Trudging through the snow on your way home from work, it might be easy to pass up the street vendors huddled next to their fruit and produce. It would be unwise though, because underneath all the Jeju mandarins and winter radishes lie hidden treasures ready to be peeled, chopped, braised and boiled. If you are interested in culinary adventure, look no further than the humble persimmon and kohlrabi.
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I was recently given a Crock-Pot from a coworker leaving the country and spent a few good hours sitting and staring at the thing on the kitchen table. I’d used a slow cooker before, but never to any great effect. I’ll admit that I can be impatient at times, and I may have, at one point, not given a slow-braised fennel and lamb shank recipe the oven time it deserved. Since then, however, I’ve decided that Korea would be the turning of a new leaf and that I would learn to embrace the Crock-Pot.
We’re spoiled when it comes to seafood in this country. Things that would normally cost an arm and a leg back home are practically given away in Korea. Mussels have been a favorite of mine since I was a kid and something I usually associate with special occasions. A steaming bowl of fresh mussels bathed in white wine, garlic and parsley is a classic that highlights the shellfish in all its glory.
Apples and pork go together like makgeolli and pajeon. Or something like that. All I really know is that apples are in season and street vendors are practically throwing them at us. We should take the hint and start celebrating the beginning of fall by eating them.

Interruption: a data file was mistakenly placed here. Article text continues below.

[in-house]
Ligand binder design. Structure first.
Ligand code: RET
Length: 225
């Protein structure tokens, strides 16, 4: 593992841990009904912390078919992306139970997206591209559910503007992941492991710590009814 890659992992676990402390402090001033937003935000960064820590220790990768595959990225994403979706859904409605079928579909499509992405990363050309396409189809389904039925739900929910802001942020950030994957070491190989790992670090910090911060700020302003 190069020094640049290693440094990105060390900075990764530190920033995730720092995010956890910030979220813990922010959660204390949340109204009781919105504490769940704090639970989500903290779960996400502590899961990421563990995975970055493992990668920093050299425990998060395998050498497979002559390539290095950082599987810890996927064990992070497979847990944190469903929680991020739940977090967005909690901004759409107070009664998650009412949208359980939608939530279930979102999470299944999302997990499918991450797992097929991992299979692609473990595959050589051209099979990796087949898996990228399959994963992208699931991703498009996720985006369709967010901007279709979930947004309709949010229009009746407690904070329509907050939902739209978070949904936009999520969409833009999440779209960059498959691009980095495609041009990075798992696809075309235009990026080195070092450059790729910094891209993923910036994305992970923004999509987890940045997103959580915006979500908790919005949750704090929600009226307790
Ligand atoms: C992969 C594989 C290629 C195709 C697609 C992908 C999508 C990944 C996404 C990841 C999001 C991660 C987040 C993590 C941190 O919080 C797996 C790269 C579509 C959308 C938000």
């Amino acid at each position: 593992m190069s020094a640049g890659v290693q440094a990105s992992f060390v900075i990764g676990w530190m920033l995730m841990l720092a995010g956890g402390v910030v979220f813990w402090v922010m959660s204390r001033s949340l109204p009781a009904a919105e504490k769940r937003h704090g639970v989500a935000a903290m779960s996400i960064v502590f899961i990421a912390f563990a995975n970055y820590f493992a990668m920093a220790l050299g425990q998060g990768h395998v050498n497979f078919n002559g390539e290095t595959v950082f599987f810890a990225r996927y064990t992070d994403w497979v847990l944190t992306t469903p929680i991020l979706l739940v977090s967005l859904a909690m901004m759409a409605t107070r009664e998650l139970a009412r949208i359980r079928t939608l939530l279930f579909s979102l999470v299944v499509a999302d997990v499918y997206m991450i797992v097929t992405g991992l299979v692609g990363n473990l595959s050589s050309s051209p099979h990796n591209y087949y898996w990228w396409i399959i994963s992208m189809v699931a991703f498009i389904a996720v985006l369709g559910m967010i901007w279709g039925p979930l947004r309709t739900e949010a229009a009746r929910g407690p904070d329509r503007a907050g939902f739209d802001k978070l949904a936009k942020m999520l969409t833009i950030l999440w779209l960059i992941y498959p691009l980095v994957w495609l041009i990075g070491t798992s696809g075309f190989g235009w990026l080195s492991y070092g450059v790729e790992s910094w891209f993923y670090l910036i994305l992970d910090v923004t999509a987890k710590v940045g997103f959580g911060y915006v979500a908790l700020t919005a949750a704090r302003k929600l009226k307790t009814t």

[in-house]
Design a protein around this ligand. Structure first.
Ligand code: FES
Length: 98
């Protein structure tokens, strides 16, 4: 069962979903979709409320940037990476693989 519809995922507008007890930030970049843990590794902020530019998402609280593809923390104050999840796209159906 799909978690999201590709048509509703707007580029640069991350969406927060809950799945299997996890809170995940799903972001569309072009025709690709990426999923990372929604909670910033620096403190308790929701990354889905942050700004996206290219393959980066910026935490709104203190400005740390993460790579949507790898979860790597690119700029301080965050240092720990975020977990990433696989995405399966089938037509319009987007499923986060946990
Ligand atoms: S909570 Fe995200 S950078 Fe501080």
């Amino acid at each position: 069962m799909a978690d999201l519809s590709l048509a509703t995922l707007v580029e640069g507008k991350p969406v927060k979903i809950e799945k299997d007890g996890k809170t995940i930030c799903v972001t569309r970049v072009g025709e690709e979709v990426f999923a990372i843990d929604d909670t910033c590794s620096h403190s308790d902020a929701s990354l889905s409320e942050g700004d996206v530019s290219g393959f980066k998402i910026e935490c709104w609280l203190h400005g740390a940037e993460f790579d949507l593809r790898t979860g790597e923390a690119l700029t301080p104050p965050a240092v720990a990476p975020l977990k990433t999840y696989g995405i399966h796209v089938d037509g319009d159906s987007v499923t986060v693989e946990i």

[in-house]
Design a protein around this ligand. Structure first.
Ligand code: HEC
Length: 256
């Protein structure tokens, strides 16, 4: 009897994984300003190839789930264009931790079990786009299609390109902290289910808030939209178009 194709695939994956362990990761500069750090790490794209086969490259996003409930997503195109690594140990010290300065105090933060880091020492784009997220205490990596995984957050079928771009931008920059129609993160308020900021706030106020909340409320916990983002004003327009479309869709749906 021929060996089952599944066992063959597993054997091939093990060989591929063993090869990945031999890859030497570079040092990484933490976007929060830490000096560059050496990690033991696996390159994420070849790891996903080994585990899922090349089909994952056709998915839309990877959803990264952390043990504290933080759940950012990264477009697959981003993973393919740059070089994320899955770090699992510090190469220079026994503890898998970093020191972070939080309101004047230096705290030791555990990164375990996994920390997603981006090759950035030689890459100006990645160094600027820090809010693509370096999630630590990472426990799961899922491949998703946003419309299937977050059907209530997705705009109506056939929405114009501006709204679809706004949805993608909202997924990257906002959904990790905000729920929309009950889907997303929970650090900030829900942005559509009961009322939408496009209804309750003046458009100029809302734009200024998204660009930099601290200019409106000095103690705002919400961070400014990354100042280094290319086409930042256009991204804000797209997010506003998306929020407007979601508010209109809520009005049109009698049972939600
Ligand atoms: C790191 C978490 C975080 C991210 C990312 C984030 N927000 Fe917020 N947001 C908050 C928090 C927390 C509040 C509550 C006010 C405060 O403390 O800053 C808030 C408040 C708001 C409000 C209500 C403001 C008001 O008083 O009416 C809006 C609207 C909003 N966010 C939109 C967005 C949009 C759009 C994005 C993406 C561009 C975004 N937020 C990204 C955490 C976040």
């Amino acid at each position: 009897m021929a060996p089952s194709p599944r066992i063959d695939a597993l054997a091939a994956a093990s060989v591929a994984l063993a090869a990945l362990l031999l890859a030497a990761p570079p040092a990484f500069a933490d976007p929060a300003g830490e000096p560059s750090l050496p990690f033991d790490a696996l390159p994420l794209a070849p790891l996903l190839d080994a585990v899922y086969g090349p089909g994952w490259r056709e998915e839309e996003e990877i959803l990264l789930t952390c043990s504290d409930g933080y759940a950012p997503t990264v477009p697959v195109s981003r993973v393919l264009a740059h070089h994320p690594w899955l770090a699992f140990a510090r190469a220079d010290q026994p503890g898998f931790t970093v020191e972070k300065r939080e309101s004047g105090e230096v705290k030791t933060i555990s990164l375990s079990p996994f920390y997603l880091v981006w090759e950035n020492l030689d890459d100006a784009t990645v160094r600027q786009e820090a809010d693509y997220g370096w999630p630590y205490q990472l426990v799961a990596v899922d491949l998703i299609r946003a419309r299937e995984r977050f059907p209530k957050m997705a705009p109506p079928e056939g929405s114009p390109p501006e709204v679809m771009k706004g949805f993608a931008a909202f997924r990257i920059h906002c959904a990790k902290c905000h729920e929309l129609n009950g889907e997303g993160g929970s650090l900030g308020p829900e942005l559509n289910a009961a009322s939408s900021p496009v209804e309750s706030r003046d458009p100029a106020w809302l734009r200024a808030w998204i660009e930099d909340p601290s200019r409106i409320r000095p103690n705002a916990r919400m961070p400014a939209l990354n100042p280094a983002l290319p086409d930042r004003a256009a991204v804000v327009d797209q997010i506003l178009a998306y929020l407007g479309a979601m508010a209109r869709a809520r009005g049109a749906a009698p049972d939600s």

It's grilling season. Barbecues are popping up in between the downpour and charcoal is being stoked. I'm grilling chicken this month because it is the easiest (and probably cheapest) protein to get your hands on in Korea.
Summer in Seoul is marked by several important things: melon pops overflowing from ice cream freezers, sitting in plastic Family Mart chairs drinking bad beer, and mul naengmyeon for lunch. We are driven from our sticky, unairconditioned apartments out into the real world only to try and find relief from the heat and humidity.
Last month I outlined a recipe for making a foolproof risotto. If you tried your hand at the techniques and realized how easy it is, I think it is time to take your skills to the next level. This month we are going to fry that risotto. Deep-frying food scares off many new home cooks. Maybe it is the mess it creates, or the fear of 350-degree oil splashing everywhere. I will tell you now that with a bit of planning and attention to safety, you can avoid both and create a safe, clean cooking environment.
Friends are over for brunch. You’ve got something special in store, one of the most impressive and delicious concoctions in the brunch universe: eggs Benedict. You’ve poached your eggs (no easy feat), toasted your muffins. Now for that Hollandaise sauce. In go the yolks — whisk whisk whisk — the lemon juice — whisk whisk whisk — butter — whisk whisk whisk. That should be about it, aaaaand… what? My sauce… it’s all… lumpy. And oily. And gross-looking. What happened?